Can you single out any special field of dramatic Soviet improvement? . . .
Their Task is. . . to prevent us from operating in [certain] waters: the Northwest PAcific, the North Pacific, the Indian Pcean, the Mediterranean, the Norwegian Sea. Those are the areas where they'd like to impede our ability to operate. . . . I classify it as a sea denial mission. . . .
So you see the Soviets, with a very large submarine force, and a very large-based, long-range bomber force are doing [what for them is] the sensible thing. That's what we would do if we were defending the coastline of the United States.
The things the Soviets have done that are impressive have to do with standoff missiles that are launched from air, surface, and subsurface platforms. . . .
Waht is first on your purchase list?
I've said very forcefully that the first thing on the Navy's list is to fix the manpower problem and that costs money. It isn't just done with better leadership and more motivation. We have good leadership in the Navy today, and our people are motivated. they're doing a super job. That's not to suggest that we can't do a better job. We are working constantly to try to be better naval leaders.
But the first priority is to fix this compensation issue so that our retention problem is manageable. That does cost money.
As you have said before, the order of priorities is people, aircraft, and then ships. Do you feel that the Nunn-Warner amendment [now before Congress] is a move in the right direction in the people department?
Absolutely, without any question. I wholeheartedly support the Nunn-Warner amendment. It particularly emphasizes assistance to career people, and that's where we ought to be putting our emphasis. It will help enormously those individuals living in high-cost areas. . . .
We'll be able to compensate our people for traveling. We order people in the military from base to base. It's not a voluntary choice on their part to go. They can't say, "I don't like that and I think I'll leave." . . . It's compulsory that they move. And yet today we reimburse them, their cost of moving, to [only] about 50 percent of the actual cost. . . . No [private] company does that today, anywhere.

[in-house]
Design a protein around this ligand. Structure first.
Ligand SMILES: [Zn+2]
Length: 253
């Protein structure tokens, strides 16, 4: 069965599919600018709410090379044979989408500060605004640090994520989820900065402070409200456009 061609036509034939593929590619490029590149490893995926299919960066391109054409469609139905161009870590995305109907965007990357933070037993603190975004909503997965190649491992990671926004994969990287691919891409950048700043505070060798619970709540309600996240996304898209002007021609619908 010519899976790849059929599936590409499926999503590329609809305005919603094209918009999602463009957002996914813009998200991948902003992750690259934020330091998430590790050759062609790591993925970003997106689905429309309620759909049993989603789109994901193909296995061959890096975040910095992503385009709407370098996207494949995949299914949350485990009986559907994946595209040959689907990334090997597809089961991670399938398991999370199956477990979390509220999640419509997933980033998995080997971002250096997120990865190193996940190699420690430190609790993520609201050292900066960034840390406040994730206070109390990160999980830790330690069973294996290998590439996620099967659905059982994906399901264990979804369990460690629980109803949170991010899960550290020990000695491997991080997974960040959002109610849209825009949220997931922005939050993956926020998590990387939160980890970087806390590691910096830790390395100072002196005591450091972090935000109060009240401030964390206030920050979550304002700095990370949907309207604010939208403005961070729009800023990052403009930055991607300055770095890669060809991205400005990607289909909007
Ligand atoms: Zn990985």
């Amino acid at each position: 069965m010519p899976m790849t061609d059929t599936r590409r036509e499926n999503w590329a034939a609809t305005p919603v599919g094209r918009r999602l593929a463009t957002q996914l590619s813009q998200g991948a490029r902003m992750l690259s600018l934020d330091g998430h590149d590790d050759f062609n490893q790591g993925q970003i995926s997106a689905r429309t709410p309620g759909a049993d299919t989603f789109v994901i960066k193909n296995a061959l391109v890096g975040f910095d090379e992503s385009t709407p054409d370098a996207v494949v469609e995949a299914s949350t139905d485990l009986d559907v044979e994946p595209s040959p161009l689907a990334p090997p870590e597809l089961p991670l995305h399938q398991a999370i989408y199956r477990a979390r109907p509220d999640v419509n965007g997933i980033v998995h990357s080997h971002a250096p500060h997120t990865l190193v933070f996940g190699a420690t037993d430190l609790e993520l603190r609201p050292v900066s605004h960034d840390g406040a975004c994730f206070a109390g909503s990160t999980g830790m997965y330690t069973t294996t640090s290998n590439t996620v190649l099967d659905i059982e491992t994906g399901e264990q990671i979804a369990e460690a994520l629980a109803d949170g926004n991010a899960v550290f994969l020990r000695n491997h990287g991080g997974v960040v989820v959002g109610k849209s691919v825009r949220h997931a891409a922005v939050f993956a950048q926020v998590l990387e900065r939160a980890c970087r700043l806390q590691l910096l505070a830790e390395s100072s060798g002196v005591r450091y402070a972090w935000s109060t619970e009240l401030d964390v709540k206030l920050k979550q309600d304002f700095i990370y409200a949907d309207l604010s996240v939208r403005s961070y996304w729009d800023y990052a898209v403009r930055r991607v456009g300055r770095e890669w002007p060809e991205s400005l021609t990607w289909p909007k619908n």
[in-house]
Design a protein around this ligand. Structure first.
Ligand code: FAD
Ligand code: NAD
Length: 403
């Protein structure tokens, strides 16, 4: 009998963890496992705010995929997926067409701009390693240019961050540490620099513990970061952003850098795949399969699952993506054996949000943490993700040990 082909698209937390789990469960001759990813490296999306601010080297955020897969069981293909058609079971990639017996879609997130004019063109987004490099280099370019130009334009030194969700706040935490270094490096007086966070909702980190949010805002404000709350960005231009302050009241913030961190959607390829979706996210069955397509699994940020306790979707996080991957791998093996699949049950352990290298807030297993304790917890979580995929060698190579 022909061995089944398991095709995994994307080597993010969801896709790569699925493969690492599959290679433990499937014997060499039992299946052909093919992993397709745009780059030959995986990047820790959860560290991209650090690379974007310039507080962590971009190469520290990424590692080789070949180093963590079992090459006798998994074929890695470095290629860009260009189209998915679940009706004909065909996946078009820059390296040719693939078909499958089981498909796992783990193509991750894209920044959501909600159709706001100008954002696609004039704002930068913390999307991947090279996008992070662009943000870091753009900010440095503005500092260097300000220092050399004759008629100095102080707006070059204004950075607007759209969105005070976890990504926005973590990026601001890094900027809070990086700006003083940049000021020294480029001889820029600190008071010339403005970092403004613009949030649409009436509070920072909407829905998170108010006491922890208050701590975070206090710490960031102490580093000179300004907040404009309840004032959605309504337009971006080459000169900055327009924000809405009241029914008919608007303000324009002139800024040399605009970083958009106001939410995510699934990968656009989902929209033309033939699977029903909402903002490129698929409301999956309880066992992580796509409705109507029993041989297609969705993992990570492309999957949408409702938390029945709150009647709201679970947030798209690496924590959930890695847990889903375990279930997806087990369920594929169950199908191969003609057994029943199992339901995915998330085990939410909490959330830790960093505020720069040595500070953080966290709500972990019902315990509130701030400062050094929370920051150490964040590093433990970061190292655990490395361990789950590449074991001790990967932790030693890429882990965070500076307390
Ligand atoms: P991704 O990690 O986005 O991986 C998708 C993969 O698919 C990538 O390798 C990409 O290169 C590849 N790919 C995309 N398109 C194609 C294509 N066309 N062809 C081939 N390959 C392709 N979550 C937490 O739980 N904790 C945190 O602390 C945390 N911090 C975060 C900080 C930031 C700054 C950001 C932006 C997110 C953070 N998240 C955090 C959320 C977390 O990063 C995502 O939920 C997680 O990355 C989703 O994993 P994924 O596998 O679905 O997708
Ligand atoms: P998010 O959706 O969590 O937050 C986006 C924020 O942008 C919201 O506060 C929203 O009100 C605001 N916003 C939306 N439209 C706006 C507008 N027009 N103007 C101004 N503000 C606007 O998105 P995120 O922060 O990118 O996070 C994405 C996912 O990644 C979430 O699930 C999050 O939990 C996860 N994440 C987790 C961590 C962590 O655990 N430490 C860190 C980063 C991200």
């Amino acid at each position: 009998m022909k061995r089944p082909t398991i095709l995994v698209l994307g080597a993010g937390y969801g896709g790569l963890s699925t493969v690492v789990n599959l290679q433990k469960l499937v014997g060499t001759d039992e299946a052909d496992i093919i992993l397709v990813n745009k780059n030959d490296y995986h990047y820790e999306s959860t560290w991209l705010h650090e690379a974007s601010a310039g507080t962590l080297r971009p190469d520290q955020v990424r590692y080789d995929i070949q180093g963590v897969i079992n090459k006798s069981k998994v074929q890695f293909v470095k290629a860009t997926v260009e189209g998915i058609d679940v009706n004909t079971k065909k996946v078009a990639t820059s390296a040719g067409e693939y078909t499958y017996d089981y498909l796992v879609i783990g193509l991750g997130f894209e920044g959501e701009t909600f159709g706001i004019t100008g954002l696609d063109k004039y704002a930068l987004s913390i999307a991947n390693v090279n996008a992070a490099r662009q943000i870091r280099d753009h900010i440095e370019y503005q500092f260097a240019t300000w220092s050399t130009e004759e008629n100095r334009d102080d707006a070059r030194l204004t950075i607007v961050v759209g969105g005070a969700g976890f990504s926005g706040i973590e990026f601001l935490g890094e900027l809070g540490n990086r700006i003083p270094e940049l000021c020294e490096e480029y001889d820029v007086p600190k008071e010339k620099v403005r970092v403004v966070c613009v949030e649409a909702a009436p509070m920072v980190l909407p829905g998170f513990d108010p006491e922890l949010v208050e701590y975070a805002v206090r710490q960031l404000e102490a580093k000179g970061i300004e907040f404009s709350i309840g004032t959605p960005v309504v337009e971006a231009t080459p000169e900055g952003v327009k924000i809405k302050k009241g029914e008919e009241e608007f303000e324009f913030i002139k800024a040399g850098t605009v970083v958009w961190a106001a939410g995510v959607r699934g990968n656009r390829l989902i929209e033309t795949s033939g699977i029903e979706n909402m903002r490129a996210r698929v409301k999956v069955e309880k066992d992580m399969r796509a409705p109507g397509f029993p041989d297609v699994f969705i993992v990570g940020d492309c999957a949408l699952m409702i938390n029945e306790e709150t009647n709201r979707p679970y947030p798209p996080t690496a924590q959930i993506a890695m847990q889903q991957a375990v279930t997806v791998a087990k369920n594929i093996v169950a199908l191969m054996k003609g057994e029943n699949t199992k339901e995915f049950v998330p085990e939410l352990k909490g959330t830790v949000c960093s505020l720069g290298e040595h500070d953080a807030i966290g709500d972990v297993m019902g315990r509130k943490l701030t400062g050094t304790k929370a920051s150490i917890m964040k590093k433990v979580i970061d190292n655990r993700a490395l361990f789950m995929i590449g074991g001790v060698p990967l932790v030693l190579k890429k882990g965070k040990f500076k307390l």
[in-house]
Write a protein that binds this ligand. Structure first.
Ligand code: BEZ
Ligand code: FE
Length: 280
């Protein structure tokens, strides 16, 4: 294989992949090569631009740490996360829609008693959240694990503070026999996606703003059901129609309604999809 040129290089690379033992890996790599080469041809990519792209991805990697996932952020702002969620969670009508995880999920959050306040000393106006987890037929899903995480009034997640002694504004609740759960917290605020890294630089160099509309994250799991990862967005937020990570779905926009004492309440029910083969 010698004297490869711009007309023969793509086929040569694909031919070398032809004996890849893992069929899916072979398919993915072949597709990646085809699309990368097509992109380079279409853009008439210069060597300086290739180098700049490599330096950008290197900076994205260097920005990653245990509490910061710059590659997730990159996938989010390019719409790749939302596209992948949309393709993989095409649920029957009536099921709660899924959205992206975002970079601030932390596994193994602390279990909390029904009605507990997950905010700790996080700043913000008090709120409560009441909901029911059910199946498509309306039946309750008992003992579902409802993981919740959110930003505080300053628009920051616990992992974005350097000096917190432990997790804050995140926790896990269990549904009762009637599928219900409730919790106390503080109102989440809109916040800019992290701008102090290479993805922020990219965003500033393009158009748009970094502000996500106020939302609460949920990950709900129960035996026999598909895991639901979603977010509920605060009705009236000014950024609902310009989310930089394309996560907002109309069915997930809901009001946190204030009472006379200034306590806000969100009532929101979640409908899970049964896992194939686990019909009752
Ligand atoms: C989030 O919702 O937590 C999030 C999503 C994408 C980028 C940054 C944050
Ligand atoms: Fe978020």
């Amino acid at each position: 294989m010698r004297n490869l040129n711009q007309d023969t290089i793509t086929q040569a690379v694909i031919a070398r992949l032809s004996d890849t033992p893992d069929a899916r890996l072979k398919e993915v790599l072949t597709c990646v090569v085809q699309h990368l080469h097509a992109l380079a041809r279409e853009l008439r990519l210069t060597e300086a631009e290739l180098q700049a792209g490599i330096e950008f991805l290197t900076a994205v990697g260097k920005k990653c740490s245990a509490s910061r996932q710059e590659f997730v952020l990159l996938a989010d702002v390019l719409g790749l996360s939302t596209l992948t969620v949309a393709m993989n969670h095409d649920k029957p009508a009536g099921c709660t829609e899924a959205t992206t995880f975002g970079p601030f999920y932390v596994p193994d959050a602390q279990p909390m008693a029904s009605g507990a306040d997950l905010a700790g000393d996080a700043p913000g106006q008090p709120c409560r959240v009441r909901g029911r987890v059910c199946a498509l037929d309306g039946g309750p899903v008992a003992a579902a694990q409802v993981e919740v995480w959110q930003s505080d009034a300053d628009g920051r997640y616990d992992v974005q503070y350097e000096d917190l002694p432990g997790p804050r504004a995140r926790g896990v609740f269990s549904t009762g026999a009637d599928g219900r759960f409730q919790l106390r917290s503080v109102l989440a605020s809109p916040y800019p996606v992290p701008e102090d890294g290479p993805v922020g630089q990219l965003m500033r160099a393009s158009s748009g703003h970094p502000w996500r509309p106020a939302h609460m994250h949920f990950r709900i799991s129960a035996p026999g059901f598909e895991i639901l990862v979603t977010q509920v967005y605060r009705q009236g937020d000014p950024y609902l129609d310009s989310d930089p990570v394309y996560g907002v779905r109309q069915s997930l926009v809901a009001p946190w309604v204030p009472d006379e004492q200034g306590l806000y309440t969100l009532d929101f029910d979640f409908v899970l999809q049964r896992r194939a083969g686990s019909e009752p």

What is the truth about the Navy ships reported to be laid up at Norfolk because of personnel shortages?
The Canisteo [an old fleet oiler] had been in that condition for about 2 1/2 weeks prior to the time that story came out. . . I've advised the national leadership very carefully that we were going in that direction and this day was coming. . . . In the Atlantic Fleet, the number of ships in the most degraded condition because of lack of personnel has gone up from about six or seven on the average to about 20 now. . . . This is why I've been arguing so hard to adress the retention issue. . . .
This is not going to be permanent. No ship is going to be decommissioned because of not enough people. . . . It's a matter of distributing inadequate resources . . . [Losing trained people always leaves an aftereffect]. We're still short 21,000 individuals, after 16,000 last year. Will it be 28,000 next year? I hope not. . . . Remember that we presently have 20,000 people on one-year extensions. . . trying to see if things will change and improve. [If they do improve], you'll see people stick around.
We have had to pull carriers and other forces out of the Far East and Mediterranean. how have our allies reacted?
I think our NATO allies are concerned that the Sixth Fleet [in the Mediterranean] is not as strong as it was, but they also understand where it is, and that it's in their own best interest that that force be in the Indian Ocean. . . . We need more support from our allies in the Indian Ocean. The Australians, especially, are being extremely forthcoming and helpful.
I can't believe that this country ever wants to have a second-best navy. . . . The President said in his State of the Union message, and Defense Secretary Brown has said it several times: We're going to maintain the best navy in the world. . . . The President's five-year plan must come to fruition, just to hold at the minimum strength that I think we need. I'm going to be arguing for more than that, as forcefully as I can.